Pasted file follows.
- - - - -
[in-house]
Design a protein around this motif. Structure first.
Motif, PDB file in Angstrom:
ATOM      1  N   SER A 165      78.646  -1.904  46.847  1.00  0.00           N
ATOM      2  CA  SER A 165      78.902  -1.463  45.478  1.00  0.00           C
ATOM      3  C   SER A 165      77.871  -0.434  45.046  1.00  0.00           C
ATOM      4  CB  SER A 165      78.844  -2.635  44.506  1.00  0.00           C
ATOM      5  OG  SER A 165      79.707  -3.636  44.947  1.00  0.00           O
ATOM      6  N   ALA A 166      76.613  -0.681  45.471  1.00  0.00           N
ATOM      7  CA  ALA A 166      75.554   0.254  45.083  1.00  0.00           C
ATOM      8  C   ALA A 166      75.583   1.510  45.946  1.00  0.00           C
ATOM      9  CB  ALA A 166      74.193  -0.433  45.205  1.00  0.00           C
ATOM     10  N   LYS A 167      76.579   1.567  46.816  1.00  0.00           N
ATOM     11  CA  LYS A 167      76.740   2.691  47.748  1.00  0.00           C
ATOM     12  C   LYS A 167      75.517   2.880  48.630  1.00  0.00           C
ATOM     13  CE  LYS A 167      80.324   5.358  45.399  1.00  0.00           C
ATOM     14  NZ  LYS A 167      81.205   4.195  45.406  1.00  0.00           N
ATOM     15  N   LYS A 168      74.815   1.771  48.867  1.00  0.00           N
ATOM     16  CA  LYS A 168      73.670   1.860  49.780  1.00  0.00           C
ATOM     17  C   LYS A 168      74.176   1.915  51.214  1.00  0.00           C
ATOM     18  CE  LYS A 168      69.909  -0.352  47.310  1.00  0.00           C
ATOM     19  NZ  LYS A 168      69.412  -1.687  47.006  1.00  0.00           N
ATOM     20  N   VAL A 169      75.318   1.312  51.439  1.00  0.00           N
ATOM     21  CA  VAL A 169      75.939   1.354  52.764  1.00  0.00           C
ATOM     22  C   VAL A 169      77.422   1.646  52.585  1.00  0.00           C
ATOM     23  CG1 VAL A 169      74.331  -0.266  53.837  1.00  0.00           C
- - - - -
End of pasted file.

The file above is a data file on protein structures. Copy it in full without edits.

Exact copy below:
[in-house]
Design a protein around this motif. Structure first.
Motif, PDB file in Angstrom:
ATOM      1  N   SER A 165      78.646  -1.904  46.847  1.00  0.00           N
ATOM      2  CA  SER A 165      78.902  -1.463  45.478  1.00  0.00           C
ATOM      3  C   SER A 165      77.871  -0.434  45.046  1.00  0.00           C
ATOM      4  CB  SER A 165      78.844  -2.635  44.506  1.00  0.00           C
ATOM      5  OG  SER A 165      79.707  -3.636  44.947  1.00  0.00           O
ATOM      6  N   ALA A 166      76.613  -0.681  45.471  1.00  0.00           N
ATOM      7  CA  ALA A 166      75.554   0.254  45.083  1.00  0.00           C
ATOM      8  C   ALA A 166      75.583   1.510  45.946  1.00  0.00           C
ATOM      9  CB  ALA A 166      74.193  -0.433  45.205  1.00  0.00           C
ATOM     10  N   LYS A 167      76.579   1.567  46.816  1.00  0.00           N
ATOM     11  CA  LYS A 167      76.740   2.691  47.748  1.00  0.00           C
ATOM     12  C   LYS A 167      75.517   2.880  48.630  1.00  0.00           C
ATOM     13  CE  LYS A 167      80.324   5.358  45.399  1.00  0.00           C
ATOM     14  NZ  LYS A 167      81.205   4.195  45.406  1.00  0.00           N
ATOM     15  N   LYS A 168      74.815   1.771  48.867  1.00  0.00           N
ATOM     16  CA  LYS A 168      73.670   1.860  49.780  1.00  0.00           C
ATOM     17  C   LYS A 168      74.176   1.915  51.214  1.00  0.00           C
ATOM     18  CE  LYS A 168      69.909  -0.352  47.310  1.00  0.00           C
ATOM     19  NZ  LYS A 168      69.412  -1.687  47.006  1.00  0.00           N
ATOM     20  N   VAL A 169      75.318   1.312  51.439  1.00  0.00           N
ATOM     21  CA  VAL A 169      75.939   1.354  52.764  1.00  0.00           C
ATOM     22  C   VAL A 169      77.422   1.646  52.585  1.00  0.00           C
ATOM     23  CG1 VAL A 169      74.331  -0.266  53.837  1.00  0.00           C